(5) Other Outcomes: Daily Life Functions and Adverse Events. Only Kim et al.  reported on daily life functions with a higher mean in the 10 Hz rTMS group than in the sham and 1 Hz rMTS groups; however, there was only a statistically significant difference favoring the 10 Hz rTMS group compared to the sham group (SMD 1.83, 95% CI 0.68, 2.97; ; 2 = not applicable). Làdavas et al.’s study  was the only study that reported on adverse events; no significant adverse effect of tDCS was reported, except only a few cases of minimal irritation of the skin beneath the electrodes.
None of the included studies reported on the following outcomes: neurological and functional disabilities, loss of balance, depression or anxiety and evaluation of poststroke fatigue, quality of life, and death.
3.4.2. Synthesized Results from Non-RCTs
The non-RCTs did not report data in a usable way to allow for any statistical analysis.
4.1. Main Findings
Based on pooled data from six randomized trials with 116 participants, we found evidence for a benefit in overall USN with noninvasive brain stimulation, especially with the use of rTMS in comparison to the sham (Figures 5, 7, and 8). The evidence is from moderate-quality evidence because of risk of bias due to the studies that were ranked as high risk of bias for both allocation sequence and allocation concealment (Figure 2). Non-RCT studies provided no evidence, suggesting that future trials should adhere to CONSORT guidelines to ensure clarity and reproducibility in the reporting of methods.
We presented the results of overall USN in a forest plot, which showed a statistically significant difference between the noninvasive brain stimulations and sham in the following tests: line bisection test, Motor-Free Visual Perception Test, and Albert’s test and line crossing test. Nevertheless, the study also showed a nonsignificant difference between the noninvasive brain stimulations and sham on the star cancellation test.
Several noninvasive brain stimulations have been explored to determine whether some of these techniques might be useful in promoting recovery from USN after stroke. The lesion of the right parietal cortex after stroke causes disinhibition of the left hemisphere and thus a pathological overactivation of the latter. This overactivation in the left depresses the neural activity by an increased inhibition on the right hemisphere, aggravating the perception. The rTMS can generate currents capable of depolarizing cortical neurons, and tDCS changes cortical activity by means of small electric currents and does not evoke action potentials. The tDCS has the advantage that the device is inexpensive, portable, and easy to use, but rTMS presented more activation of the neural network and induced a neuroplastic response for a long-term potentiation .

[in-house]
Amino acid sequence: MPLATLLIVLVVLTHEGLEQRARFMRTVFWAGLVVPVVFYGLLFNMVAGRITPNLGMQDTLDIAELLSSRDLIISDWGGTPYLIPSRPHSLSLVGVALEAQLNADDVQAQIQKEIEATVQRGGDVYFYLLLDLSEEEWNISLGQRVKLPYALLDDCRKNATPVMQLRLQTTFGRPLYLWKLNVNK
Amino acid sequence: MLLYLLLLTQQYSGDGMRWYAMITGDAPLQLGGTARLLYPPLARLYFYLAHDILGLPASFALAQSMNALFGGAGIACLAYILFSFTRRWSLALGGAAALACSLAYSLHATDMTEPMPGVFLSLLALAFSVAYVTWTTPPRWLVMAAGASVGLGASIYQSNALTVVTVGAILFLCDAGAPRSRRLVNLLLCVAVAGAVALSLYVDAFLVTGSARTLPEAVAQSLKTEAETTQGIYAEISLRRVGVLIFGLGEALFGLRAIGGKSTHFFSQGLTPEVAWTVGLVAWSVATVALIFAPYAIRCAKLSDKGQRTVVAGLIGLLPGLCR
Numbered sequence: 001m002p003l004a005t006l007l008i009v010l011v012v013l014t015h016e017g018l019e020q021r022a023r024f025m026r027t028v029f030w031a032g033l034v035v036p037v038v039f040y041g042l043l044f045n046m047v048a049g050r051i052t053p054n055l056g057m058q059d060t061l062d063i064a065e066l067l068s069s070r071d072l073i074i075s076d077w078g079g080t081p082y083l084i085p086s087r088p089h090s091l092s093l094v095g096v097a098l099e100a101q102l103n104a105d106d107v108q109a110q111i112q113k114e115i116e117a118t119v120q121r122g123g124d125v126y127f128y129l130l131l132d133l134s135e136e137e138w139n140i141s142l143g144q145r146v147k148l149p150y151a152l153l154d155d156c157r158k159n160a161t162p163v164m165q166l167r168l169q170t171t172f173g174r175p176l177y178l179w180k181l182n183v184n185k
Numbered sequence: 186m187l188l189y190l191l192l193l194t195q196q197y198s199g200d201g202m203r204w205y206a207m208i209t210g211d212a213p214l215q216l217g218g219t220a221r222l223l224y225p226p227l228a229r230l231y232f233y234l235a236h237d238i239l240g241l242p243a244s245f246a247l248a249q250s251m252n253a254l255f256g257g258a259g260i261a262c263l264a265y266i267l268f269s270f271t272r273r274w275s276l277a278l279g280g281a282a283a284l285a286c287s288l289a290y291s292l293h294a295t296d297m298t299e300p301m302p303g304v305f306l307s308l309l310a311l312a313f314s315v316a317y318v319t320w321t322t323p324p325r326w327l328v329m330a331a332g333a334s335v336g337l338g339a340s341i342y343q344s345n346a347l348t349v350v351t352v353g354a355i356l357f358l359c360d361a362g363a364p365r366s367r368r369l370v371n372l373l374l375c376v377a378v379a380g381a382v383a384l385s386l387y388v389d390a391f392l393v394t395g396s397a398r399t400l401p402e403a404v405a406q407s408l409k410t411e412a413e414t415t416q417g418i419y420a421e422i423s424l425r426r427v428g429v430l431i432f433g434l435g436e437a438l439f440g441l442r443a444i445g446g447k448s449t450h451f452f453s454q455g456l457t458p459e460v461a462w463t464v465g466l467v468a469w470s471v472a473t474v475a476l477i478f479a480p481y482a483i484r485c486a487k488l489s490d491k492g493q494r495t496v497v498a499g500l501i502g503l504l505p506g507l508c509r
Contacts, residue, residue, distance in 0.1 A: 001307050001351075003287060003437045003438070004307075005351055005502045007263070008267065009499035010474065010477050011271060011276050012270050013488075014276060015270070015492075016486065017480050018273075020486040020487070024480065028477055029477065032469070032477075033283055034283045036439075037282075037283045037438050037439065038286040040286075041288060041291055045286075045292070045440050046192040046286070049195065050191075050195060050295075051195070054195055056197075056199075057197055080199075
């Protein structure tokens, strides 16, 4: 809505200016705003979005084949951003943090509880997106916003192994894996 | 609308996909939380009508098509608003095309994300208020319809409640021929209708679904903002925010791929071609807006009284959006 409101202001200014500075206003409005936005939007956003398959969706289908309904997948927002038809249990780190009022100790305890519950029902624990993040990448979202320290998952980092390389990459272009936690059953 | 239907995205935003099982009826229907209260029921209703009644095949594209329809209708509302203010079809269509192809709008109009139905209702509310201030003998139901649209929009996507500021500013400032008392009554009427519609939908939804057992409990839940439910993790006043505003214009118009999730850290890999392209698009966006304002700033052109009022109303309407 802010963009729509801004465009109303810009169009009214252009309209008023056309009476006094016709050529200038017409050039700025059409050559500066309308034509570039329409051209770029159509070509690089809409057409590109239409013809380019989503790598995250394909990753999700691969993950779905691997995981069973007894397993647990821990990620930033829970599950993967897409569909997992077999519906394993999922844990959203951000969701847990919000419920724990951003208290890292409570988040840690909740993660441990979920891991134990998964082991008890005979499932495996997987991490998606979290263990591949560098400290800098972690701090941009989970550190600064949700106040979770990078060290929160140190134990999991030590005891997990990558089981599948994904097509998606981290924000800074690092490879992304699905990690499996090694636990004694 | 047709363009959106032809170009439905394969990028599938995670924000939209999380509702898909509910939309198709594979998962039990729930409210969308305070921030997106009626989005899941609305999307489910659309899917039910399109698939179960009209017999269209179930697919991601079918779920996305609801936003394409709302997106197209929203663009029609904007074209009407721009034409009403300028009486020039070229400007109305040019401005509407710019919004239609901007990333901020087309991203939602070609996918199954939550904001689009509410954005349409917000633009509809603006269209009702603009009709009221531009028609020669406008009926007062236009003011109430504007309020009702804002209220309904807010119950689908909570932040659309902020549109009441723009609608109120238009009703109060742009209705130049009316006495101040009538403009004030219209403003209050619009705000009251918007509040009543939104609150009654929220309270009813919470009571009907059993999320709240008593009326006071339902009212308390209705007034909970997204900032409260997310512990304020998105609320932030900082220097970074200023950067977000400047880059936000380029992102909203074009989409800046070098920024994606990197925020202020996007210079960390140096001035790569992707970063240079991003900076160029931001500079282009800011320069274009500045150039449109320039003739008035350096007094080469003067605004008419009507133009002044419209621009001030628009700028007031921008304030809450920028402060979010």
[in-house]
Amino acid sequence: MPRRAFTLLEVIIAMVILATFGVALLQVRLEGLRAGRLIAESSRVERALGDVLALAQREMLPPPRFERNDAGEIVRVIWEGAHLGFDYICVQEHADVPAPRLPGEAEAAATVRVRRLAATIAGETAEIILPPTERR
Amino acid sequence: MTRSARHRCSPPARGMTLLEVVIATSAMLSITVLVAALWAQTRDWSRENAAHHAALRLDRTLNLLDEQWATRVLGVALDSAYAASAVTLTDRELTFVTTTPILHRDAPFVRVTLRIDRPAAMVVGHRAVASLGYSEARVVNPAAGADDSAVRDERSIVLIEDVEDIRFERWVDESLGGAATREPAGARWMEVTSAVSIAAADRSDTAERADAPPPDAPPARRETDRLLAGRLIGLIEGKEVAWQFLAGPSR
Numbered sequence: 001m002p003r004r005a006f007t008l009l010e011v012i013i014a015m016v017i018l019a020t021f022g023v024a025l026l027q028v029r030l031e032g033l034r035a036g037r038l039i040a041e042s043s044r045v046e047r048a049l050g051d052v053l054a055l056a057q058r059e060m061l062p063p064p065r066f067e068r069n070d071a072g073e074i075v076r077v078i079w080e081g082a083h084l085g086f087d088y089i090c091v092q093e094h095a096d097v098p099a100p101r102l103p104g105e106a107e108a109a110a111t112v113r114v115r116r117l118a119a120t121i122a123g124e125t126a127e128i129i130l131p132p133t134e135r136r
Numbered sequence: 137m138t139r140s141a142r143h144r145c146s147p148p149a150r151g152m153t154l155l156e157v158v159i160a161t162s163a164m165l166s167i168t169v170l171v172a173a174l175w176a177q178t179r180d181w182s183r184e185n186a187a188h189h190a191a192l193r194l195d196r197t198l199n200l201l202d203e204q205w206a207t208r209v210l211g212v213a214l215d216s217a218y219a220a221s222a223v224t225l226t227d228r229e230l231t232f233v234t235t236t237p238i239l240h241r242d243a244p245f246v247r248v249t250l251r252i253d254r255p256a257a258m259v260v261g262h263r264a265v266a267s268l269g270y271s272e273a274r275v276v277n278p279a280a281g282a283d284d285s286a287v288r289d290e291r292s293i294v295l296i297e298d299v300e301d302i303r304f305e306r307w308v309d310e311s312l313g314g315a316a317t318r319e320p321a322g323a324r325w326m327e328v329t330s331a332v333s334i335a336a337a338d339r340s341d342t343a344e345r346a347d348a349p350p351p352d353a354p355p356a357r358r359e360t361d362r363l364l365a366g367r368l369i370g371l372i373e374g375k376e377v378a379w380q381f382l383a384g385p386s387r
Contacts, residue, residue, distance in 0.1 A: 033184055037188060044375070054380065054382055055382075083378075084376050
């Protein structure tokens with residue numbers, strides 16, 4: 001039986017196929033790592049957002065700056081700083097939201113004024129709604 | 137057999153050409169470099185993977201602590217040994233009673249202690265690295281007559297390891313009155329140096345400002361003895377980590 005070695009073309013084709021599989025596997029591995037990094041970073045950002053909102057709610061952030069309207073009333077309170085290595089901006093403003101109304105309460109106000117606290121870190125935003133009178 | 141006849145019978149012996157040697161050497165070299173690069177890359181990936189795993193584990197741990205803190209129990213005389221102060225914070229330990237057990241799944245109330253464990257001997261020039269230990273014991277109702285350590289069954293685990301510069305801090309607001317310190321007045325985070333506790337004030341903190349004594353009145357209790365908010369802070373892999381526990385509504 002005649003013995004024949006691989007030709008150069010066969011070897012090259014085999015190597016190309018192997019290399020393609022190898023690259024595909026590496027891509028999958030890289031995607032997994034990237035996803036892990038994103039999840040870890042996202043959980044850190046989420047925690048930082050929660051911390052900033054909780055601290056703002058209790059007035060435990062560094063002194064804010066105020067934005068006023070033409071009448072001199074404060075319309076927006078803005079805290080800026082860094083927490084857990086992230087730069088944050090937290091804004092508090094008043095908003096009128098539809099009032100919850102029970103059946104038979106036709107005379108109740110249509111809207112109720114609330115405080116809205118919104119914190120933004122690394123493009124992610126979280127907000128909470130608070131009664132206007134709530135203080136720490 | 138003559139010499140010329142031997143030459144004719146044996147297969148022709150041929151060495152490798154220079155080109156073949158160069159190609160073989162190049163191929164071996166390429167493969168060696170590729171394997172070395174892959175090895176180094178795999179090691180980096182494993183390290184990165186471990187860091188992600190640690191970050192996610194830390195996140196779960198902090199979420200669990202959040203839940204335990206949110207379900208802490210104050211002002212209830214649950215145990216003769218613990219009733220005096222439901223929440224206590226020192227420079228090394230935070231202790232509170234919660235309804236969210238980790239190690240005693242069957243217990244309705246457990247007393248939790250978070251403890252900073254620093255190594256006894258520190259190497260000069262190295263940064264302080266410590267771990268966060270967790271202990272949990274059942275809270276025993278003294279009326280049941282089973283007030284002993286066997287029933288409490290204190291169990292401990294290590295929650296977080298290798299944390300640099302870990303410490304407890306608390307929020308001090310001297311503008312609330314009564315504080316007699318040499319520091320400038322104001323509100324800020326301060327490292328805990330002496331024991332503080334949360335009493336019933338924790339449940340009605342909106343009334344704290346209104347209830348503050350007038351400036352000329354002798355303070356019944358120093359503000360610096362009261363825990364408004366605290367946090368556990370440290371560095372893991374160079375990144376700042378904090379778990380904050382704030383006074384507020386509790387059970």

In three of four meta-analyses, rTMS was responsible for the improvement of overall USN, revealing that an electric current is an effective strategy for generating lasting promising effects in the brain. Unfortunately, we did not find any significant TBS or tDCS effects compared to sham procedures.
4.2. Strengths and Limitation
Strengths of our review include a comprehensive search; assessment of eligibility, risk of bias, and data abstraction independently and in duplicate; assessment of risk of bias that included a sensitivity analysis addressing loss to follow-up; and use of the GRADE approach for rating the certainty of evidence for each outcome (Table 3). Furthermore, there were no language restrictions, and translations of non-English trials were obtained whenever possible.
The primary limitation of our review is the low certainty consequent to study limitations. We identified a small number of RCTs with a modest number of participants resulting in wide confidence intervals. The total number of participants was relatively very low (RCTs , non-RCTs ) due to the small sample sizes of individual trials, which led to downgrading the quality of evidence in some instances because underpowered trials are likely to have a greater degree of imprecision.
Moreover, selection bias and unblinding were substantial. Another limitation of this review was having an insufficient number of included studies to allow for the complete statistical analysis that we had planned. We were not able to assess publication bias because there were fewer than 10 eligible studies addressing the same outcome in a meta-analysis. We also planned to perform subgroup analyses according to the characteristics of stroke type, type of stimulation, type of frequency, and comparators (type of control intervention, i.e., pharmacological therapy versus nonpharmacological). However, we also were not able to conduct these analyses because they did not meet our minimal criteria, which was at least five studies available with at least two in each subgroup.
Although this review presents several limitations, the issue is whether one should dismiss these results entirely or consider them bearing in mind the limitations. The latter represents our view of the matter.
4.3. Relation to Prior Work
The research question we investigated in our review has been addressed before from different perspectives using our population of interest but with a different intervention (i.e., pharmacological intervention)  or investigating either the intervention or the control arms explored in this review but with a different population (e.g., idiopathic Parkinson’s disease (IPD) , panic disorder in adults , or amyotrophic lateral sclerosis or motor neuron disease) .